What's the Weather like in Hokkaido in May
Spring settles in Hokkaido in May and if you travel here at this time of year you'll be greeted by colourful plains, verdant hills and sparkling lakes, although snow will still be visible as it melts in the hinterland lowlands.
With average temperatures of 12°C and a total of 7 hours of daily sunshine, it makes for delightfully warm days out and about. The wind front is still prevalent this month, and the chill in the air, although pleasant, means you'll still need to pack a warm jacket.
Daytime average highs can reach 16°C in May, although there is a most definite increase in warmth as the month progresses. May can sometimes experience heat waves, so if you do book your vacation for the end of the month, don't be surprised if you experience a summer-like day or two with temps in the mid-20s. Night-time average lows of 7°C are much more likely to occur during the first half of May.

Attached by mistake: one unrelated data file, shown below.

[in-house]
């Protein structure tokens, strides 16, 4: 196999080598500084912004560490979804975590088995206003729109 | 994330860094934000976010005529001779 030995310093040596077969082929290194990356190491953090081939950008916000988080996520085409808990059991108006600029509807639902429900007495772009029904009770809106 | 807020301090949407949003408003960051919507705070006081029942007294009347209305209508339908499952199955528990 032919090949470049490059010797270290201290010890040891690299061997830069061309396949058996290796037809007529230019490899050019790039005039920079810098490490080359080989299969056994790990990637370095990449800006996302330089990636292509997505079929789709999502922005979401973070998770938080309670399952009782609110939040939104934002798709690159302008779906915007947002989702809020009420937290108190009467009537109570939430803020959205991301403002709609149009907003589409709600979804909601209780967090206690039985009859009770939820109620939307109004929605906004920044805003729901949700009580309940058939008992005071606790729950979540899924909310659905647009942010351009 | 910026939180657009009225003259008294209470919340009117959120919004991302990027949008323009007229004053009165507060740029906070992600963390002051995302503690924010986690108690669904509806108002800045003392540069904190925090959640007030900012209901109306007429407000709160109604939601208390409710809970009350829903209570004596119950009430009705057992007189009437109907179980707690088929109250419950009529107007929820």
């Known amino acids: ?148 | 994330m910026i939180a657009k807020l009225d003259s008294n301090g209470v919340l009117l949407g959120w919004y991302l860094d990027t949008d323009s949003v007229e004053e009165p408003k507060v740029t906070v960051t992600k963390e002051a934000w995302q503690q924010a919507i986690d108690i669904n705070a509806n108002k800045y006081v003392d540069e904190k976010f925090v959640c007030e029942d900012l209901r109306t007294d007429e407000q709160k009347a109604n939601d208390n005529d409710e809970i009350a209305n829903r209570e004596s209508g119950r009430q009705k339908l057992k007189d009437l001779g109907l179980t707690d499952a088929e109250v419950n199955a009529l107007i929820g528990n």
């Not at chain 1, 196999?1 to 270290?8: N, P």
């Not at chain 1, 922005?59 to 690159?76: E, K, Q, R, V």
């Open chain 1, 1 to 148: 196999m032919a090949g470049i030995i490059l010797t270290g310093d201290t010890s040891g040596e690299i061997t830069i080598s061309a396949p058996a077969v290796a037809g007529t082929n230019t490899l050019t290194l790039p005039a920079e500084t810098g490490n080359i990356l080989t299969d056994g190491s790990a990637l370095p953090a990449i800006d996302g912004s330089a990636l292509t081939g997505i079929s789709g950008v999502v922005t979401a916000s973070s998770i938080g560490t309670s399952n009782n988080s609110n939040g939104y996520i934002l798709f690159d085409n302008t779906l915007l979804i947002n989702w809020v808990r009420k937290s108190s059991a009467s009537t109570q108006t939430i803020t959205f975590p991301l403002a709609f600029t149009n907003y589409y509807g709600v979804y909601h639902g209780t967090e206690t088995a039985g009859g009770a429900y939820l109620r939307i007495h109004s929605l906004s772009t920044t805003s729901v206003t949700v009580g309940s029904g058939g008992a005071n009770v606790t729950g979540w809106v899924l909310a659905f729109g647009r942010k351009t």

This is the time of year when even a single week can make much difference in the climate, so book your trip as far into the month as possible if you want the highest chances of beautifully warm days. Late May is also the time when the so-called 'cherry front' moves north, so it's not unusual to see wild blossoms in full bloom even on the highest mountains at this time. If you're particularly interested in visiting the splendid gardens of Furano and Biei, please do note that May is just a tad too early in the year to see them in their full glory, so best delay your trip until June to avoid disappointment.
Hokkaido receives, on average, about 74mm of rainfall in May, over a few sporadic days. This is when temps tend to drop considerably, although showers are usually short lived. Sapporo in Japan averages 60mm in May.
Average Sea Temperature
Hokkaido Hotels in May
Onsen Ryokan Yano